No question that the Celtics cannot count on shooting nearly 69 percent from beyond the three-point arc in Game 3 - Boston was 11-of-16 from trey-land in Game 2 and many of the looks were wide open when Lakers guards became entangled in low-box screens (both LA reserve guards Shannon Brown and Jordan Farmar did horrible jobs of getting out on Allen in the opening half) - but who's to say the Lakers are gonna get such stat-sheet stuffing nights from big men Pau Gasol (25 points, 8 rebounds and 6 blocked shots) and/or center Andrew Bynum (21 points, 6 rebs and 7 blocks)?

The Lakers' dynamic duo down low really shined on a night when Bryant managed to make good on only eight FGs en route to the quietest 21-point game in NBA Finals memory. If Bryant winds up playing only 34 minutes in Game 3, then the Lakers' ship may again be sunk but gut feeling is the refs won't be quite so fast to hand out fouls to the former league MVP.

Still, you have to say that Boston's done a solid job defending Bryant so far in this series - foul woes or not.
The Celtics' strategy of harping on Bryant outside the three-point line is making him really work hard for his points - the Phoenix Suns should sit up and take notice - and Boston boss-man Doc Rivers (and defensive whiz assistant and soon-to-be Chicago Bulls head coach Tom Thibodeau) know there's not a lot of time between Game 2 and Game 3 to make major adjustments and so Allen must be an in-your-grill defender again versus Bryant and Boston must double-team Kobe once he appears a threat to score.

Finally, there are a slew of players who have virtually disappeared on offense so far in this series:

Boston's Garnett (6 points in 24 minutes in Game 2) is looking "shot" no matter how much the Celtics players/coaches defend him in post-game pressers and his important hoop late (with 2:42 remaining) in Sunday's game really could help his mind-set in time for Game 3;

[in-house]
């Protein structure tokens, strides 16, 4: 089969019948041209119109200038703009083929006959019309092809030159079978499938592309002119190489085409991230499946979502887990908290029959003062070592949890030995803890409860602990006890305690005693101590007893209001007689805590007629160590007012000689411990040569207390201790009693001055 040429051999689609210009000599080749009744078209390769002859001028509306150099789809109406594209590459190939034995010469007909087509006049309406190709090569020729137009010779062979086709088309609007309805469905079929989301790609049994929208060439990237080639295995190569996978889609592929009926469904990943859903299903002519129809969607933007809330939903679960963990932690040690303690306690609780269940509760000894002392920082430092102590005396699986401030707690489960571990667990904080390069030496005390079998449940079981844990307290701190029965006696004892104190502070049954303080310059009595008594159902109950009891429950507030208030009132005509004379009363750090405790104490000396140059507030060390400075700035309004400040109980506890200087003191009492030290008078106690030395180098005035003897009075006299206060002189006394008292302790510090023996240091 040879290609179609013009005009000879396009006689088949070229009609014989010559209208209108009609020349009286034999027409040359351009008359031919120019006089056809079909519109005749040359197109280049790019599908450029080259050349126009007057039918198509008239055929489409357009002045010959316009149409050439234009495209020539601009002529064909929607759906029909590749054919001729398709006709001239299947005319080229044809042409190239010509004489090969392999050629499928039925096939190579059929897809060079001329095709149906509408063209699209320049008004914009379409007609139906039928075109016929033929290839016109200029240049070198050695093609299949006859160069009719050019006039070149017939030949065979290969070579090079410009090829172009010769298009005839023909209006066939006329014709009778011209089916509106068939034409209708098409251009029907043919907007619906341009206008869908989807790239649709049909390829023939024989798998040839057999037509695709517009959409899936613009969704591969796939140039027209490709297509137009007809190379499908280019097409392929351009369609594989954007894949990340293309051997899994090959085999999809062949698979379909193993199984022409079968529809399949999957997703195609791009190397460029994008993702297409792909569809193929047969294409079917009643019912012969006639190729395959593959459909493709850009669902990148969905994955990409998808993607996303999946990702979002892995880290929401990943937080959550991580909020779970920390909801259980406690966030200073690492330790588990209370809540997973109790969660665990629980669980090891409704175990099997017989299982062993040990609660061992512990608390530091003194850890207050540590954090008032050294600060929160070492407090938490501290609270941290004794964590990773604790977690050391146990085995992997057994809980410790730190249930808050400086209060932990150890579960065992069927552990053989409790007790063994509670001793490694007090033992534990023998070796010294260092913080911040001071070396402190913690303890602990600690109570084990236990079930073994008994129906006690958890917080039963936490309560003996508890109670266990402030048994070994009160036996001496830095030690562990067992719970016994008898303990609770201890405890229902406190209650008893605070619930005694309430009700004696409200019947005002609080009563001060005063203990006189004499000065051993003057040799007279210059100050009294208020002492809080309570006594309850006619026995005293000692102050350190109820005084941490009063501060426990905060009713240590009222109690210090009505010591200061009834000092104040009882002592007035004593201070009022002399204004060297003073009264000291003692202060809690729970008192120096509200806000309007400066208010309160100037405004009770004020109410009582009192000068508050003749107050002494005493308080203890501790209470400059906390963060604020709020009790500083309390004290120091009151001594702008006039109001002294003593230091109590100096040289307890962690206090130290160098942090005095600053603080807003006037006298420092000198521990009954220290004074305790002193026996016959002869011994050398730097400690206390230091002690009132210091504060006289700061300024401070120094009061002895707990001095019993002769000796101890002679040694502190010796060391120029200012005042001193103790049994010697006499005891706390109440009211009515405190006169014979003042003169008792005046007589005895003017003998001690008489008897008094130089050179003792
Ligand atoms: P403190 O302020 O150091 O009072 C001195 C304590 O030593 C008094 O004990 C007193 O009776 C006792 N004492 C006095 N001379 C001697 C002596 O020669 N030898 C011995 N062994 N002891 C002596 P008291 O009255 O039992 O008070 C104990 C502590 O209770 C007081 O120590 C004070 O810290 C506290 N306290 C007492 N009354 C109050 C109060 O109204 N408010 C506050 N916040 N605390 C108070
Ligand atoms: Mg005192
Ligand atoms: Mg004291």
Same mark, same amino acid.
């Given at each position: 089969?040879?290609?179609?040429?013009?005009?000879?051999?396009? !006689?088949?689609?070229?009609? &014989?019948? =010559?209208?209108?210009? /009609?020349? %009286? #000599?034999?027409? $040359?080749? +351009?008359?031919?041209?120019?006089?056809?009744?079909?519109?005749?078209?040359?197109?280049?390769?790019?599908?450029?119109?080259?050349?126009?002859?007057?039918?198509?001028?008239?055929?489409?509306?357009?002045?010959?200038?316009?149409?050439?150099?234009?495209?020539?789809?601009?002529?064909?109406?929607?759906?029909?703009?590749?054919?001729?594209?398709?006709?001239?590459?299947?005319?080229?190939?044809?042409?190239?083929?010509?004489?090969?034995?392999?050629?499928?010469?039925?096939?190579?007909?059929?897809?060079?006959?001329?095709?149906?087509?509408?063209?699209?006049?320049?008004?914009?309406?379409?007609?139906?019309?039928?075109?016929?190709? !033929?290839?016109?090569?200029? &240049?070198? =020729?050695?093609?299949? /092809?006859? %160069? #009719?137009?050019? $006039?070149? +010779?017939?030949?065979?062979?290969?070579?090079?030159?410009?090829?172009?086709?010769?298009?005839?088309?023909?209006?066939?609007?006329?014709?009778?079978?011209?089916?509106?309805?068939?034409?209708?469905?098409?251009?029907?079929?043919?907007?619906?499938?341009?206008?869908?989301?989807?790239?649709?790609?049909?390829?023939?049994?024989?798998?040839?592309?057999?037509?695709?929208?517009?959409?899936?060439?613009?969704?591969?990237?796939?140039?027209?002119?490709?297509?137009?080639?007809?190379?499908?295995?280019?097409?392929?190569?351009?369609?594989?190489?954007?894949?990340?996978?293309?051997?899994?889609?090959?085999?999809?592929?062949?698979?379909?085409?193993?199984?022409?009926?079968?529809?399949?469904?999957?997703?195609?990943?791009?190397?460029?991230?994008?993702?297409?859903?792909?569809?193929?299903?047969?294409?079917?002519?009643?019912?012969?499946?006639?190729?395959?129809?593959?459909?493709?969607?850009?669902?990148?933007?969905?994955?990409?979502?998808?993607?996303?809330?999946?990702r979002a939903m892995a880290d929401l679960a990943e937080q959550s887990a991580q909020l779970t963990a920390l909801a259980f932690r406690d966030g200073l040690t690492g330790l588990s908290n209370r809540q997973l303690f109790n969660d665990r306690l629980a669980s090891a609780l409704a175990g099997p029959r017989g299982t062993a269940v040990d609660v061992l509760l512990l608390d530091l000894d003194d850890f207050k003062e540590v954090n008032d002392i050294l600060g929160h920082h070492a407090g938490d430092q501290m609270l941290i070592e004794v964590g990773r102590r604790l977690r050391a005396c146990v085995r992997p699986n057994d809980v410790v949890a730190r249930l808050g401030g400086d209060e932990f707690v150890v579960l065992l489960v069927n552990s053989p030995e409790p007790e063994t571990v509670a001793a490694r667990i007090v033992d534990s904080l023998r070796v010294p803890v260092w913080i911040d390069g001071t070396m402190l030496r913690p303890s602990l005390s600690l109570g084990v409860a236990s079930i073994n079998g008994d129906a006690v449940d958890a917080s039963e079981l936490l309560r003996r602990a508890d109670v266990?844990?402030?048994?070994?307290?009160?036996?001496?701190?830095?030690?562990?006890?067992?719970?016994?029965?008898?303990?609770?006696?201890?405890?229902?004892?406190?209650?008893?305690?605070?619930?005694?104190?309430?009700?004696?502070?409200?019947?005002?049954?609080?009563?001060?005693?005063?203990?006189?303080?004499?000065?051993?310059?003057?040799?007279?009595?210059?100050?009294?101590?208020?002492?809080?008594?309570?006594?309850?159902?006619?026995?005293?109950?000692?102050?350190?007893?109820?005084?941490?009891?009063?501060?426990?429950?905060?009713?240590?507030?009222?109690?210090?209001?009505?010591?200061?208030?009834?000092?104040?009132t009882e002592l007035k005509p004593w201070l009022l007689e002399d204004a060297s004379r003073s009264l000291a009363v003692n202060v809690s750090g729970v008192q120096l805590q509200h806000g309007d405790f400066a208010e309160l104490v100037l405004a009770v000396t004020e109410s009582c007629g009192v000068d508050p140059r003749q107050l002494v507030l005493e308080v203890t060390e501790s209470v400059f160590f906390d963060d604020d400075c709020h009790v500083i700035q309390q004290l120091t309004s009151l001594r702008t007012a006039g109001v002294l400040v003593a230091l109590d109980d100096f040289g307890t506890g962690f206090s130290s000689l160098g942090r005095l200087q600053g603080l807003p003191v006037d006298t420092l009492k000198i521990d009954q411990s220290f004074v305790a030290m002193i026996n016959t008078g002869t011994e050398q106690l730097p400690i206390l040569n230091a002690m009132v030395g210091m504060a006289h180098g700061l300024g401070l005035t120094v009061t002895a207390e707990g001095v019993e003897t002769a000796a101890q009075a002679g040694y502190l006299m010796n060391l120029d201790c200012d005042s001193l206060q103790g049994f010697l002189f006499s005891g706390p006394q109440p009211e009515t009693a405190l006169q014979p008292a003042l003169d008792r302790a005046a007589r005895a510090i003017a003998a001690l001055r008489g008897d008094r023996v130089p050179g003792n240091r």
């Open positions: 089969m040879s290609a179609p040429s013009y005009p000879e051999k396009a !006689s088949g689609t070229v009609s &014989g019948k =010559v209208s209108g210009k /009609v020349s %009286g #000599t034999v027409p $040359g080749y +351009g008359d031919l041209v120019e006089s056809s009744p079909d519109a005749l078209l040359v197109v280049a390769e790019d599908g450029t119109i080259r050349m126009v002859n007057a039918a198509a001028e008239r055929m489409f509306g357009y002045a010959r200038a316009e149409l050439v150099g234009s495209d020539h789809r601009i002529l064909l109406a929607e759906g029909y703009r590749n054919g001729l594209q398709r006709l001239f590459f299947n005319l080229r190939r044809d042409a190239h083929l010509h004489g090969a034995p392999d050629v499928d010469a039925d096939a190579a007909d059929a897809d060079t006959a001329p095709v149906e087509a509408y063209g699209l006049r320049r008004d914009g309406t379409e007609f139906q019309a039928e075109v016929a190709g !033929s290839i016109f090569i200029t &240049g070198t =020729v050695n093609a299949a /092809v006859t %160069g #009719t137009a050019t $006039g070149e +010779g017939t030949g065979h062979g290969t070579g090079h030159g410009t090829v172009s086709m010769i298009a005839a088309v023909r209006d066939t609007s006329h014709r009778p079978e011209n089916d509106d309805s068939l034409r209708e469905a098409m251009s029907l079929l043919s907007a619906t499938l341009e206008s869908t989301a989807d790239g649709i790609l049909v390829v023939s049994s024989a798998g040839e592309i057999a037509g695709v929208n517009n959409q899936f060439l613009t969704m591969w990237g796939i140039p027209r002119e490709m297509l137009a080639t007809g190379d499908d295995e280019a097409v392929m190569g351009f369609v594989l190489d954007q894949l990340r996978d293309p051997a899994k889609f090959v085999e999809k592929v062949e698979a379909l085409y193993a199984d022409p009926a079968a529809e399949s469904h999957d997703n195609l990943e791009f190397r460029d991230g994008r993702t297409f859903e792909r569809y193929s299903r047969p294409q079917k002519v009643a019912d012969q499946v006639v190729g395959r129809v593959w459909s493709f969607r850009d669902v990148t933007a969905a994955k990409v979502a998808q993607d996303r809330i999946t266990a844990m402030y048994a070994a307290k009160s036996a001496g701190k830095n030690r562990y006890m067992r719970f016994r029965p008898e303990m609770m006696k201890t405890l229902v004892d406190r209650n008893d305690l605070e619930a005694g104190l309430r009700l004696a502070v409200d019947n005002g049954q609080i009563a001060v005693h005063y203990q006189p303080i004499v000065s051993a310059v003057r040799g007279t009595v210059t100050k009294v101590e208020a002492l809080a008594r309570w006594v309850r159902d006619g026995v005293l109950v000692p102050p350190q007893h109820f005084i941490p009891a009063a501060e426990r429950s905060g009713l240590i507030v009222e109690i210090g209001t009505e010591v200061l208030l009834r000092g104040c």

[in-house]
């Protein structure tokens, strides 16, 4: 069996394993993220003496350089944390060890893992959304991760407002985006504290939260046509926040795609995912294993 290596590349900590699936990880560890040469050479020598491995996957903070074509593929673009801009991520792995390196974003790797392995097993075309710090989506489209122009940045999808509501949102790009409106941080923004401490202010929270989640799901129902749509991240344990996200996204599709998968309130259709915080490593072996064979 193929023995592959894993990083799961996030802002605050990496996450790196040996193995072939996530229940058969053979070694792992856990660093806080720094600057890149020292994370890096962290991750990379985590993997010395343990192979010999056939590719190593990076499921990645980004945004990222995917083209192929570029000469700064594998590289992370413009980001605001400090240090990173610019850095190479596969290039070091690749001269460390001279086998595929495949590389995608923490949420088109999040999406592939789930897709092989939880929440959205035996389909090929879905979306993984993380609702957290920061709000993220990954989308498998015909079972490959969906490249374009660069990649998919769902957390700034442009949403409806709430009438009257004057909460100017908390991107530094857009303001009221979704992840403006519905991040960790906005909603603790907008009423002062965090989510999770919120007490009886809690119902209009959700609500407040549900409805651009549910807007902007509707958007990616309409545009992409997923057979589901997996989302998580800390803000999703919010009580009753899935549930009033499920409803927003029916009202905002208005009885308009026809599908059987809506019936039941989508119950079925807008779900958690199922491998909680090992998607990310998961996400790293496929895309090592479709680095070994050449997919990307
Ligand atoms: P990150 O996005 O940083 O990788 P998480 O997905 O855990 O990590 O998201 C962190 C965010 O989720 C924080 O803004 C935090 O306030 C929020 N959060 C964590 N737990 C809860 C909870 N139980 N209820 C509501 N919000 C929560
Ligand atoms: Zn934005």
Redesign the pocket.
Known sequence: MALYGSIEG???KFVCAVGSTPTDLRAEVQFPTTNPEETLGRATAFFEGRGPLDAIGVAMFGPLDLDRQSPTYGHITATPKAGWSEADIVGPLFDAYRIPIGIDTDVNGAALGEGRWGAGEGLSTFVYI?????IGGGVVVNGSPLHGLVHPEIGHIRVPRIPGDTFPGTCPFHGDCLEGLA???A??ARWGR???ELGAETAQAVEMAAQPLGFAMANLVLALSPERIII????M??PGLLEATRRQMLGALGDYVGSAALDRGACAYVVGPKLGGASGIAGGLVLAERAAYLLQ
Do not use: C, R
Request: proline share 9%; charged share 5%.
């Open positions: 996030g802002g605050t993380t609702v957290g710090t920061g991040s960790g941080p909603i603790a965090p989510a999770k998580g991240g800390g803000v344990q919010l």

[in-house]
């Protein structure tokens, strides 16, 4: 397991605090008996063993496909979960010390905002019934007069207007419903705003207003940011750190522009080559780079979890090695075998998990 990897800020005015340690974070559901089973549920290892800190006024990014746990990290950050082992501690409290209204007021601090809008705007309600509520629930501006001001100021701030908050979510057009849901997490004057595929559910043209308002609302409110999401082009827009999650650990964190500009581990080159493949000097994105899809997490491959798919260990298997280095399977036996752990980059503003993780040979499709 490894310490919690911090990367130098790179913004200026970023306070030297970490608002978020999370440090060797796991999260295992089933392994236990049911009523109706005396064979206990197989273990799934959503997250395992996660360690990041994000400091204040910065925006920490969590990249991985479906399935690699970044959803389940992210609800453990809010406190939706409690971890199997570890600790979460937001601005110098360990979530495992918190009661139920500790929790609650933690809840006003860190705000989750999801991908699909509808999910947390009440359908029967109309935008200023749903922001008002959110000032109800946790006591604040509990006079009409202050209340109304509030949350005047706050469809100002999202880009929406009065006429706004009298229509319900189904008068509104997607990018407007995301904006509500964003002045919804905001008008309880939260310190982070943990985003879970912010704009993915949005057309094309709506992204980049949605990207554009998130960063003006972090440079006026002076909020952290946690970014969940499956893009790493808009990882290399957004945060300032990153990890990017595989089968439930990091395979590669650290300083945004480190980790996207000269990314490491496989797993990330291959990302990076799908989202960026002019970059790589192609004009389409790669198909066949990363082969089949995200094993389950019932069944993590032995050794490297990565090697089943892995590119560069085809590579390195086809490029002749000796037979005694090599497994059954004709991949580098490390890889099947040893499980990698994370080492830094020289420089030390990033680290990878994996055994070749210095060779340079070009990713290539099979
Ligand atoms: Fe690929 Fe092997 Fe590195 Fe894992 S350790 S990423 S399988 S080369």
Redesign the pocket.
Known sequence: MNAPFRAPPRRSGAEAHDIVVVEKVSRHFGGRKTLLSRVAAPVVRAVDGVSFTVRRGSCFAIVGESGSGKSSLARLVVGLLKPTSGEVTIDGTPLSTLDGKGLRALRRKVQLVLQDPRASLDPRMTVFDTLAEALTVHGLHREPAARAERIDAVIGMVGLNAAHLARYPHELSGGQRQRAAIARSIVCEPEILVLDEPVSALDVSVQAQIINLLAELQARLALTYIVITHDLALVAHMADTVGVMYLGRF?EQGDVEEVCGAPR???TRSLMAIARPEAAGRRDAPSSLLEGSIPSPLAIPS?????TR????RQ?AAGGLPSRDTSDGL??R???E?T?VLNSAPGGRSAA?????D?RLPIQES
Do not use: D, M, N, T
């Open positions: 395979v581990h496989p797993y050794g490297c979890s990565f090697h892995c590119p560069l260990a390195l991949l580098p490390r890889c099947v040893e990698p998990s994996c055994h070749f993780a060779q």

The Celtics' Pierce (2-of-11 SG shooting for 10 points in Game 2) has a built-in excuse because he's expending major energy on defense but not likely that Boston wins this best-of-seven series with the 2008 NBA Finals Most Valuable Player shooting 18 percent from the floor;

And than there's the Lakers' Lamar Odom (3 points and 5 fouls in 15 minutes in Game 2) who has been milk carton-like in this series so far. Odom picked up three fouls faster than you can say Jerry West but he appears lost against the Celtics and there's little doubt he needs a big stat game sooner or later - maybe he'll get motivated by Boston reserves Rasheed Wallace (7 points and 7 rebounds in a splendid Game 2) and the aforementioned Davis (8 points, 7 rebs and major floor burns on a number of hustle plays).

Hey, we told you in that last Jim Sez that Boston's been magical when coming off a loss in this year's playoffs - the Celtics now are 5-1 SU (straightup) and 5-1 ATS (against the spread) off a loss this post-season ... what have the Lakers done off a loss these playoffs?
Here's the lowdown (note all home teams in CAPS below):








 - 1


OKLA CITY 110-89



 - 6

Okla City   

LAKERS 111-87



 - 1½


PHOENIX 115-106



 - 8


LAKERS 103-101

Interesting ... The Lakers entered these NBA Finals having lost a grand total of four games in the first three rounds of play (two losses versus Oklahoma City and two losses against Phoenix with a sweep in between against Utah) and yet LA's failed to cover the Las Vegas price tag in three of the four prior off-the-loss games.
Maybe LA does indeed have something truly to worry about while heading into Tuesday's Game 3 at "The Garden".